By DAWN WOTAPKA
Take a rooster—and maybe a milk cow while you’re at it—into Judith Racht’s home in Niles, Mich., and the animals would likely agree it looks nothing like a barn.
While the concrete grain silo is a giveaway to the structure’s former life, the sleek, modern interior looks more like an urban loft space than a place where animals might have once slept. Ms. Racht, a 64-year-old art-gallery owner, used to live in a proper house on the 62-acre farm. But in 2010, she razed the house and moved into the antebellum barn. “You went in there and you just felt like you were in church,” she says.
A two-year renovation transformed the interior of the 4,200-square-foot home, which now features contemporary furnishings, modern-art pieces and an open-concept kitchen with stainless-steel cabinetry. The home has two bedrooms and four bathrooms, with a workout room and 57-foot-long lap pool in the basement.
Many old wooden barns dotting the landscape don’t see much agricultural use anymore. But these structures are proving to be surprisingly compliant with current tastes, offering ample square footage and open-concept design in remote locales with plenty of privacy. The result: Instead of tearing them down, deep-pocketed homeowners are making hay while the sun shines, turning them into spacious, modern residences.
The inside of Arnold and Elise Simon Goodman’s barn in Pine Plains, N.Y., could be mistaken for a New York City warehouse conversion. The posts, beams and trusses—all joined with wooden pegs—frame a space with polished concrete floors, a leather sofa and glass tables.
The Goodmans, whose main residence is on Manhattan’s Upper West Side, caught the barn bug over a decade ago. In 2001, they paid $35,000 to buy a barn located west of Albany, N.Y., and have it moved to their 150-acre property in Pine Plains. In late 2003, while the barn was being converted into their vacation home, they paid about $15,000 for two smaller barns, these from south of Albany, that are now used as a garage and storage shed next to their 1-acre pond. The couple’s latest project is a barn from Great Barrington, Mass., that was disassembled so it could be converted into a two-bedroom guesthouse on their Pine Plains property.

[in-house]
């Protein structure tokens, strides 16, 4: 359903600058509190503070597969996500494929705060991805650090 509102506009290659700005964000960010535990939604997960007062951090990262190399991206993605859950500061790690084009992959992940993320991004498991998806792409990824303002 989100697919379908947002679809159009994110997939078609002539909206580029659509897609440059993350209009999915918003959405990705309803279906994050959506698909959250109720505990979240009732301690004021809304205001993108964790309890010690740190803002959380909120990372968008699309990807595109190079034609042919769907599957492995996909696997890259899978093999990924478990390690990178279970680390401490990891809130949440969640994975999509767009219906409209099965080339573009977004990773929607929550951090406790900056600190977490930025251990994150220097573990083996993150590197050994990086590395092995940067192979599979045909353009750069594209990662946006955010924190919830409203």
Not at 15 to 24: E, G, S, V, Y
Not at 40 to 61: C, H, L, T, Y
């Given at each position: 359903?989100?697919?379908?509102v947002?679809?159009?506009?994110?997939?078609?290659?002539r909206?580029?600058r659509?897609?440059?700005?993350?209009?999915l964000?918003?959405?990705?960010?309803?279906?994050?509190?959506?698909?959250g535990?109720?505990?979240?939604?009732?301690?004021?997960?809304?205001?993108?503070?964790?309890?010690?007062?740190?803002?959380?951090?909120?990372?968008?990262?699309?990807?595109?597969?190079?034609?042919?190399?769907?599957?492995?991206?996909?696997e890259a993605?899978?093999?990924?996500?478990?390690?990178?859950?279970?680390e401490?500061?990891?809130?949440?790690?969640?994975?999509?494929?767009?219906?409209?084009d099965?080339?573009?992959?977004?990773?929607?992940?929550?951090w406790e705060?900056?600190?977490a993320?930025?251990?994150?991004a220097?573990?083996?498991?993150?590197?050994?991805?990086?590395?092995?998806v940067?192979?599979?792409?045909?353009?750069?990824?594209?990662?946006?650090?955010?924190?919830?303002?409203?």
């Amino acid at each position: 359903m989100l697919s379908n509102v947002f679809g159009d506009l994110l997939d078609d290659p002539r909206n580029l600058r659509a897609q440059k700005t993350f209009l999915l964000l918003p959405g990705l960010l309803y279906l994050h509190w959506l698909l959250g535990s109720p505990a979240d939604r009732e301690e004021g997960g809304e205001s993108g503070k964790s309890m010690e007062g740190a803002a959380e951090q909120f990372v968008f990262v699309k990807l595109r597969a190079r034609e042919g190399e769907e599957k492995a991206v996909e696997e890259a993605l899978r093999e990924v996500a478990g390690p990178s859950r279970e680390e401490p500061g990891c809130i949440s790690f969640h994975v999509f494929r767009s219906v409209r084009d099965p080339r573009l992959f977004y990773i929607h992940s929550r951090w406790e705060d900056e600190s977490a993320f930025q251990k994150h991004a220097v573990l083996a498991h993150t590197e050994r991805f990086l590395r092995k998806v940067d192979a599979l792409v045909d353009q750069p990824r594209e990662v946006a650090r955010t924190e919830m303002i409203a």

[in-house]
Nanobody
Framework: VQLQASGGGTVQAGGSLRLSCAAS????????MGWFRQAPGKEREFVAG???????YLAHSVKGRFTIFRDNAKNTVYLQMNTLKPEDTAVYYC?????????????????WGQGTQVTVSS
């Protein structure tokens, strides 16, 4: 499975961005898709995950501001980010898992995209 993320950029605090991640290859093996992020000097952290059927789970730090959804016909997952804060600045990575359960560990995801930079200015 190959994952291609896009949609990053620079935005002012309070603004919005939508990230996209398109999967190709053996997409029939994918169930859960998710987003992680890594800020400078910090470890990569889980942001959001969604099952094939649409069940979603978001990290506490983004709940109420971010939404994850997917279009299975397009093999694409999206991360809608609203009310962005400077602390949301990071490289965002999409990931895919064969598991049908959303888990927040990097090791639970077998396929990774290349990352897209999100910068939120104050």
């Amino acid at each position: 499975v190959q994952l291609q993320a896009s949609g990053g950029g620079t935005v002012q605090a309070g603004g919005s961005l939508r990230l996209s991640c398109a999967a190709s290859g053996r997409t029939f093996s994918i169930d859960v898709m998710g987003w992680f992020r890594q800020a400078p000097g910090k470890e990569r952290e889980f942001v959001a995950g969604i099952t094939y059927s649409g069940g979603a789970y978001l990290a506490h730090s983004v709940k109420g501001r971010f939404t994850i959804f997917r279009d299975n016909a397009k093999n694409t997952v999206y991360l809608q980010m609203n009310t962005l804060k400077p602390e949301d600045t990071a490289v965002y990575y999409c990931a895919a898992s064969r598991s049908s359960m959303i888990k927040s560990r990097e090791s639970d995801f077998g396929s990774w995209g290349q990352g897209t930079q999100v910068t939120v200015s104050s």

A Panoramic View
While Mr. Goodman declined to disclose spending totals, the guesthouse is budgeted at $175,000, he says.
“We love the space and the airiness of the old wood,” says Mr. Goodman, an 81-year-old literary agent. “It’s been an interesting second career.”
Barn projects vary widely in expense and complexity. Sometimes the structures stay put and get a top-to-bottom makeover with modern heating and cooling systems, and other updates for full-time living. Increasingly, however, homeowners are having the barns disassembled and either moved to a new site or used as parts for new construction.
Heritage Restorations, a Waco, Texas, company that turns old barns into homes, has seen business increase steadily over the past 15 years—even during the housing downturn, says Kevin Durkin, the company’s 59-year-old founder.
Mr. Durkin has built barn homes in 25 states and for clients in Japan, New Zealand and Australia. Projects range from a simple 1840s barn transformed into a loft home, to a complicated 1780s-barn turned into a mountain ski home with multiple floors and dormer windows.
To find barns for home conversions, Mr. Durkin posts signs and advertises in newspapers throughout upstate New York. After the purchase, the barns are disassembled and put into storage; the structure’s specs and renderings are cataloged for future homeowners to browse.